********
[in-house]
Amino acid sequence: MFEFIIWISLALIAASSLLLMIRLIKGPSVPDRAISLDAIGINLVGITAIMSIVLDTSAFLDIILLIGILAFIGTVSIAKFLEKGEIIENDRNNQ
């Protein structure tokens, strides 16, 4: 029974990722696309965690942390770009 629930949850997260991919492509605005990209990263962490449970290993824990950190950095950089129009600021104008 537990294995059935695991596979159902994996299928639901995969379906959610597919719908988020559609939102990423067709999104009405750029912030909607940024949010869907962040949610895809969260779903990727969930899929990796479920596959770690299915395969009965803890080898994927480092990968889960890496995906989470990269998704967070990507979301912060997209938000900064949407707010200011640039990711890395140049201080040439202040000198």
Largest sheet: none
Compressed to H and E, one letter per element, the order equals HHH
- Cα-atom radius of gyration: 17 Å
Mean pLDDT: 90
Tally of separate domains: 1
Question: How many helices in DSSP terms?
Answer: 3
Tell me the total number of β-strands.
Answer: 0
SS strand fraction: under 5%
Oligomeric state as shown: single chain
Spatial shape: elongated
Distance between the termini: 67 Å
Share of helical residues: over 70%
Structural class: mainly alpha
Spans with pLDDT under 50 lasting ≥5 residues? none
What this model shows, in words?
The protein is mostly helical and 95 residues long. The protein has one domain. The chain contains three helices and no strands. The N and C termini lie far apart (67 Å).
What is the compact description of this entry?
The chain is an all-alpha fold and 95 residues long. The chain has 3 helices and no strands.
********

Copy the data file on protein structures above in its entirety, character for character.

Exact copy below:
[in-house]
Amino acid sequence: MFEFIIWISLALIAASSLLLMIRLIKGPSVPDRAISLDAIGINLVGITAIMSIVLDTSAFLDIILLIGILAFIGTVSIAKFLEKGEIIENDRNNQ
């Protein structure tokens, strides 16, 4: 029974990722696309965690942390770009 629930949850997260991919492509605005990209990263962490449970290993824990950190950095950089129009600021104008 537990294995059935695991596979159902994996299928639901995969379906959610597919719908988020559609939102990423067709999104009405750029912030909607940024949010869907962040949610895809969260779903990727969930899929990796479920596959770690299915395969009965803890080898994927480092990968889960890496995906989470990269998704967070990507979301912060997209938000900064949407707010200011640039990711890395140049201080040439202040000198």
Largest sheet: none
Compressed to H and E, one letter per element, the order equals HHH
- Cα-atom radius of gyration: 17 Å
Mean pLDDT: 90
Tally of separate domains: 1
Question: How many helices in DSSP terms?
Answer: 3
Tell me the total number of β-strands.
Answer: 0
SS strand fraction: under 5%
Oligomeric state as shown: single chain
Spatial shape: elongated
Distance between the termini: 67 Å
Share of helical residues: over 70%
Structural class: mainly alpha
Spans with pLDDT under 50 lasting ≥5 residues? none
What this model shows, in words?
The protein is mostly helical and 95 residues long. The protein has one domain. The chain contains three helices and no strands. The N and C termini lie far apart (67 Å).
What is the compact description of this entry?
The chain is an all-alpha fold and 95 residues long. The chain has 3 helices and no strands.